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In September of last year, the U.S. Department of Housing & Urban Development (HUD) announced a change to FHA appraisal validity periods. The announcement was met with unanimous approval from all sectors; lenders, home owners & buyers, and yes, even appraisers.
The change to appraisal periods involved decreasing the validity time for FHA appraisals from six to four months for both existing homes and those under construction. Since the first of this calendar year, 2010, the new standard has been in effect. Why does the change matter?
For those of us that have faced selling properties, only to encounter difficulties with the appraisal, this reduced turn around time, or reduction of validity time, couldn’t have come sooner. Because, no matter the soundness of an agent’s estimation of a property’s value, it is the appraiser’s that matters most.
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I’ve recently been contacted by Mesothelioma Cancer Center and asked if I’d assist in spreading the word about this form of cancer, which is caused, almost always, by exposure to asbestos. Rarely, in life, do things happen by coincidence. We buried a friend of mine less than three weeks ago. He had been diagnosed with Mesothelioma less than four months ago. Please pay attention to the Center’s article that follows. Asbestos is a hazard. Be aware.
The home buying process is an exciting time, but one that may bring additional responsibilities into your life. Many homes may need renovations or inspections, especially in areas that are susceptible to natural disasters. Having the assistance of an experienced and honest real estate agent will make this process smooth and stress free.
Some older homes may still contain obsolete building materials. Citizens of this great state are striving to move to a green lifestyle, advocating environmentally sustainable methods to be used throughout the state. Building or remodeling your homes with eco-friendly materials can lower utility and water bills, higher real estate value, purer air quality, reduced waste sent to landfills and conservation of natural resources.
Asbestos + Healthy Tips
Asbestos is a fibrous mineral that was used in construction applications for the greater part of the 20th century. Often appearing as insulation, piping, roofing and flooring, homes and buildings could still contain asbestos materials if they were built prior to 1980.
If you locate any suspected asbestos in the home, most experts suggest leaving it un-disturbed until a home inspector can examine your property, take evaluations and determine the safest course of action. Sometimes the best action is no action at all. Disturbing asbestos in good condition may cause its fibers to be released into the air. The removal of asbestos must be undertaken by a professional abatement contractor who is trained in handling dangerous materials.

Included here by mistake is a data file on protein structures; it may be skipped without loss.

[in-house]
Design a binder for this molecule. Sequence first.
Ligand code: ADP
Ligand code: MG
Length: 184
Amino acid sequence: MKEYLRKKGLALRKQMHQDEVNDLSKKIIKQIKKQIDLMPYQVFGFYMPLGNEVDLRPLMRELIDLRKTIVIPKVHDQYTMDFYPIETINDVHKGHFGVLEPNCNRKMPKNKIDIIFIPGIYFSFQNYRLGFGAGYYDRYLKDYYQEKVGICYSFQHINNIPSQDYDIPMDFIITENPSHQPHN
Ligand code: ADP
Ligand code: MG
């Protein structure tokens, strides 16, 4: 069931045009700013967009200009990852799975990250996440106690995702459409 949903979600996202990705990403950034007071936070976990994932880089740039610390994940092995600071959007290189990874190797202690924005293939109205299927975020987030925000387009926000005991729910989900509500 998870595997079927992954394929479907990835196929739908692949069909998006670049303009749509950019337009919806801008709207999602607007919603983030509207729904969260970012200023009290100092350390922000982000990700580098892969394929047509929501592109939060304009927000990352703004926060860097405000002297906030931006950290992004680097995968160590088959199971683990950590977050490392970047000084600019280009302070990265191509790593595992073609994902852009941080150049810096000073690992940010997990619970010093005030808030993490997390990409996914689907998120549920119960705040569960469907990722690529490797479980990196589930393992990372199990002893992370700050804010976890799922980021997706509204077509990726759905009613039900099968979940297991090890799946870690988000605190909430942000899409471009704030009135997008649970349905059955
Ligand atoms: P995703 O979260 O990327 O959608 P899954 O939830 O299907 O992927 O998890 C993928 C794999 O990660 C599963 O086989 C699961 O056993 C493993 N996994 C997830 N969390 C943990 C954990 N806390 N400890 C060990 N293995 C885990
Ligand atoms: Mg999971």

Exposure to this material can lead to the development of mesothelioma, a lung ailment associated with asbestos exposure. Though a cure does not exist, mesothelioma treatment options such as radiation, chemotherapy and surgery may be available to patients to battle the disease. Mesothelioma compensation has become tough to predict for victims and their families because diagnosis can take 20-50 years. For this reason, many people refer to it as a silent killer.
Removal of asbestos in public facilities, workplaces and homes should be performed by licensed abatement contractors as long as the National Emissions Standards for Hazardous Air Pollutants (NESHAP) are not violated. They must wear protective equipment such as masks and gloves to avoid any exposure. The materials should be removed in as large pieces as possible and places in disposable bags.
Green Building Benefits
Each and every human being would like clean air to breathe and crisp water to drink. It takes a lot of effort and political advocacy to achieve this on a macro level. The implementation of eco-construction, green energy solutions will play an important role in the transformation to a healthier and sustainable world. Many locations throughout Alabama are swiftly changing their construction practices to suit the environment and the health of human beings.
There are many green, eco-friendly materials that replace the need for asbestos and can reduce energy costs annually. These include the use of cotton fiber, lcynene foam and cellulose. Cotton fiber is quickly becoming a favorite for home builders and renovators. Made from recycled batted material, it is also treated to be fireproof. Research has demonstrated that the use of eco-friendly insulation alternatives can reduce annual energy costs by 25 percent.
Implementing green methods of building can have positive environmental, health and economic benefits. These include: Conservation of natural resources, enhancement of air quality, energy sustainability, increase property value, improve quality of life, improvement of pulmonary/cardiac health and reduction of waste.